Australian Bureau of Statistics: GDP growth moderates as dwelling investment and exports detract from growth

Australian Bureau of Statistics

GDP growth moderates as dwelling investment and exports detract from growth‘ (Media release, 7 June 2017)

Growth actually slowed in the March quarter (0.3 per cent) and the ABS presser was ‘just the facts’ but those with an eye for economic history – and lots of other people, including media outlets wanting a brief brief from terror alarms – noted that 103 successive quarters of growth broke a world record, previously held ages ago by the Netherlands. There was a bit more embellishment in the Guardian report and elsewhere in the mainstream media, though Triple M found it all a bit boring.

We, however, took more notice of the remarks of two respected economic commentators, Greg Jericho and Saul Eslake, that the GDP growth record was not really such a big deal. Eslake questioned whether a record actually had fallen and whether the GDP growth number was even a useful statistic. For good measure, he noted a couple of ups and downs in productivity, gross domestic income, and unemployment, which are all more important numbers anyway. Jericho made similar points and threw in a few more statistics (consumption, wages, capital expenditure) which had jumped around rather alarmingly over time.

There’s also the point that, while growth has chugged along for 26 years, inequality has been growing: see our collection under the ‘Inequality’ thumbnail and the chapters by Stuart Macintyre and Carmen Lawrence in The Honest History Book. Lawrence’s final paragraph should put a dampener on celebrations:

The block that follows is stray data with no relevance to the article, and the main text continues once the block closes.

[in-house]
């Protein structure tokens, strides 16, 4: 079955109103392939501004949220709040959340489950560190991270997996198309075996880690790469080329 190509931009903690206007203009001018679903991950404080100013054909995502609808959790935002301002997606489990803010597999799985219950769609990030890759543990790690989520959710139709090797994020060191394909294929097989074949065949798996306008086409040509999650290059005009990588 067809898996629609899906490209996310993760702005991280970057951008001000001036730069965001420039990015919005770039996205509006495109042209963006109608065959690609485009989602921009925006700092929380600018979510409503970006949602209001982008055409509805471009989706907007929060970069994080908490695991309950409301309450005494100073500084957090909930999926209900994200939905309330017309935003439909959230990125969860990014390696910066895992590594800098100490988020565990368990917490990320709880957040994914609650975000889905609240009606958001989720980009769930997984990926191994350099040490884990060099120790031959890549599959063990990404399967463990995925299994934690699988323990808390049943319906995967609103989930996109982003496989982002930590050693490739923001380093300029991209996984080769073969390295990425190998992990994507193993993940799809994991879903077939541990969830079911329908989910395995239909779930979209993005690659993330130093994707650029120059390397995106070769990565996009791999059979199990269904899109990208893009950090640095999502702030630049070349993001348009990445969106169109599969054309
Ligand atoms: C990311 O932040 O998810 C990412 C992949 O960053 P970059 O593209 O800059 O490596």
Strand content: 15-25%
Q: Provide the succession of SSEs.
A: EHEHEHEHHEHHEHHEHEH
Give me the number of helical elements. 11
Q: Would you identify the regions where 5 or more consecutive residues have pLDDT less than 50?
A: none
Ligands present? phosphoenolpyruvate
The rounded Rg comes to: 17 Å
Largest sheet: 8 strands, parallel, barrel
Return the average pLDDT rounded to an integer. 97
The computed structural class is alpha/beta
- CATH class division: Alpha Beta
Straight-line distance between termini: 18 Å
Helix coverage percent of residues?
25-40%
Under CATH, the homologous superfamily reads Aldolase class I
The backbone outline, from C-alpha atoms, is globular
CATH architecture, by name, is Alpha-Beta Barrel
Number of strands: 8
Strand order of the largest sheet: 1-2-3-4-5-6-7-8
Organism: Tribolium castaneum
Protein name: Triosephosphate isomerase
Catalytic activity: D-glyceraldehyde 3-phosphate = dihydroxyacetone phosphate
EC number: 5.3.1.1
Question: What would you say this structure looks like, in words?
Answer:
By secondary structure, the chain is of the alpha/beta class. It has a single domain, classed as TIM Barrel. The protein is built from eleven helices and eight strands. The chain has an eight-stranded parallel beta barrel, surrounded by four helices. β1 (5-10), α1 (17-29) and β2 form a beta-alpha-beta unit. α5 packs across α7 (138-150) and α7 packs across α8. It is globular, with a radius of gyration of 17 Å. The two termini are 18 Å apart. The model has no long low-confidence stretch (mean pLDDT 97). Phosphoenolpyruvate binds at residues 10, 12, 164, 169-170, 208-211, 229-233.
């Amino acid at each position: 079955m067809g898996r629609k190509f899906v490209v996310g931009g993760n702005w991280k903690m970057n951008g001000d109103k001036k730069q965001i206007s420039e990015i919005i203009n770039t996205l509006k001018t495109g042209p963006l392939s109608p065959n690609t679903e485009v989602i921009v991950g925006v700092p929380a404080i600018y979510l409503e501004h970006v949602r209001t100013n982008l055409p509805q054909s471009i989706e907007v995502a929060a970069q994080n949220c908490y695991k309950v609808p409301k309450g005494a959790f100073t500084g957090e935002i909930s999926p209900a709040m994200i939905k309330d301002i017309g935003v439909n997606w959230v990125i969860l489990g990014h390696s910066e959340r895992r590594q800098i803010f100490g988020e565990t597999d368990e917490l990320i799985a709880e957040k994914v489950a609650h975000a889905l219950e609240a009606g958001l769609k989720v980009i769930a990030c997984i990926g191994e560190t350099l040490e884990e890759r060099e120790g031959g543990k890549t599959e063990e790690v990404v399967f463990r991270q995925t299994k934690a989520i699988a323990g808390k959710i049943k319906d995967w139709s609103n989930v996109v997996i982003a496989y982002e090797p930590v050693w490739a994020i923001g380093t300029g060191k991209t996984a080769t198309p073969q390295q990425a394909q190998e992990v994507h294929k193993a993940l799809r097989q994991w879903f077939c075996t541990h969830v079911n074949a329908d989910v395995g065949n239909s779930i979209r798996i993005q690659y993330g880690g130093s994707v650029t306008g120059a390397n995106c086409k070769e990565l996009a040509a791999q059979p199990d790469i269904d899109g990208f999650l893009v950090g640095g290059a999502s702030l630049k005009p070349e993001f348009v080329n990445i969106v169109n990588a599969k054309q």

The key test is whether the public policy choices we make reflect a genuine commitment to equality of opportunity: do we give it more than token weight or do we subordinate it to other economic and social goals? Are we really the nation of a “fair go” or are we kidding ourselves? In reality, it seems that our comforting and comfortable egalitarian myth, passed down to us in stories of brothers in the bush and mates in the trenches, is blinding us to the growing divide in our society and the need to do something about it.

As if that wasn’t enough, there was this from a 14-year-old on the ABC’s QandA show last Monday night:

Good evening. I’m 14 years old, in Year 9 and live in Sydney. The median house price in my area is $1.75 million. In my Commerce class, we calculated how long it would take to save for a deposit and pay for a mortgage. It would take me roughly 18 years to save for a deposit and if interest rates stay at the current rates, the principal and interest on the entire life of the loan would be $3.25 million. At current income tax rates, it would take me approximately 165 years to pay for this mortgage.

Simplistic, single number records don’t really cut it.

See also: Tim Colebatch in Inside Story a couple of days later. And the same author again about wages’ falling share of the economy. On the same track, Gareth Hutchens in Guardian Australia points out that the household share of the national economic pie is at lowest level for 50 years and this is not good by international standards. By such trends inequality becomes pathological and permanent.

David Stephens

7 June 2017 updated

 

 

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